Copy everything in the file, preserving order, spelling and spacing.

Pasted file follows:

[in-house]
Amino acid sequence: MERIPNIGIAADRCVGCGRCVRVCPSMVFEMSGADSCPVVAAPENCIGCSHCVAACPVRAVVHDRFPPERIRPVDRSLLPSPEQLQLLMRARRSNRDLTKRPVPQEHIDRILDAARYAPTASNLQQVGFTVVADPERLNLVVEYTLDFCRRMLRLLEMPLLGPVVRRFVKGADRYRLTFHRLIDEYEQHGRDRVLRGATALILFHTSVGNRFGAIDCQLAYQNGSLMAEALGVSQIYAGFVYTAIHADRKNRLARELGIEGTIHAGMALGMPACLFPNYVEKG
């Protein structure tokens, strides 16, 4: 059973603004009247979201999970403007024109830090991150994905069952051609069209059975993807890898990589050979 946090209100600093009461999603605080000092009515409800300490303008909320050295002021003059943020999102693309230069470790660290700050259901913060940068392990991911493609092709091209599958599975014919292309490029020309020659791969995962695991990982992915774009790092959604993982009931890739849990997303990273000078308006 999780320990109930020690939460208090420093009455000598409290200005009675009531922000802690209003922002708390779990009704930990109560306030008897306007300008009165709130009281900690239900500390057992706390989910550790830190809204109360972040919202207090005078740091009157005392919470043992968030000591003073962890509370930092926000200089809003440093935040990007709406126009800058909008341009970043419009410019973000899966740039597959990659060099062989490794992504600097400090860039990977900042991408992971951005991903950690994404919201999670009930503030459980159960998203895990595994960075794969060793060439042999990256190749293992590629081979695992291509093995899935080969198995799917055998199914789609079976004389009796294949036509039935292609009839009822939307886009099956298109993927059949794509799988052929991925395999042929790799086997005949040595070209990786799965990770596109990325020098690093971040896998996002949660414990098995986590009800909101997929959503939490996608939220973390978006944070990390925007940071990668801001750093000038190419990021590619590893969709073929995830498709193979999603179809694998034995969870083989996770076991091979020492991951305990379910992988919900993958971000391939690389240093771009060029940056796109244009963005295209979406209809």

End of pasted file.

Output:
[in-house]
Amino acid sequence: MERIPNIGIAADRCVGCGRCVRVCPSMVFEMSGADSCPVVAAPENCIGCSHCVAACPVRAVVHDRFPPERIRPVDRSLLPSPEQLQLLMRARRSNRDLTKRPVPQEHIDRILDAARYAPTASNLQQVGFTVVADPERLNLVVEYTLDFCRRMLRLLEMPLLGPVVRRFVKGADRYRLTFHRLIDEYEQHGRDRVLRGATALILFHTSVGNRFGAIDCQLAYQNGSLMAEALGVSQIYAGFVYTAIHADRKNRLARELGIEGTIHAGMALGMPACLFPNYVEKG
């Protein structure tokens, strides 16, 4: 059973603004009247979201999970403007024109830090991150994905069952051609069209059975993807890898990589050979 946090209100600093009461999603605080000092009515409800300490303008909320050295002021003059943020999102693309230069470790660290700050259901913060940068392990991911493609092709091209599958599975014919292309490029020309020659791969995962695991990982992915774009790092959604993982009931890739849990997303990273000078308006 999780320990109930020690939460208090420093009455000598409290200005009675009531922000802690209003922002708390779990009704930990109560306030008897306007300008009165709130009281900690239900500390057992706390989910550790830190809204109360972040919202207090005078740091009157005392919470043992968030000591003073962890509370930092926000200089809003440093935040990007709406126009800058909008341009970043419009410019973000899966740039597959990659060099062989490794992504600097400090860039990977900042991408992971951005991903950690994404919201999670009930503030459980159960998203895990595994960075794969060793060439042999990256190749293992590629081979695992291509093995899935080969198995799917055998199914789609079976004389009796294949036509039935292609009839009822939307886009099956298109993927059949794509799988052929991925395999042929790799086997005949040595070209990786799965990770596109990325020098690093971040896998996002949660414990098995986590009800909101997929959503939490996608939220973390978006944070990390925007940071990668801001750093000038190419990021590619590893969709073929995830498709193979999603179809694998034995969870083989996770076991091979020492991951305990379910992988919900993958971000391939690389240093771009060029940056796109244009963005295209979406209809």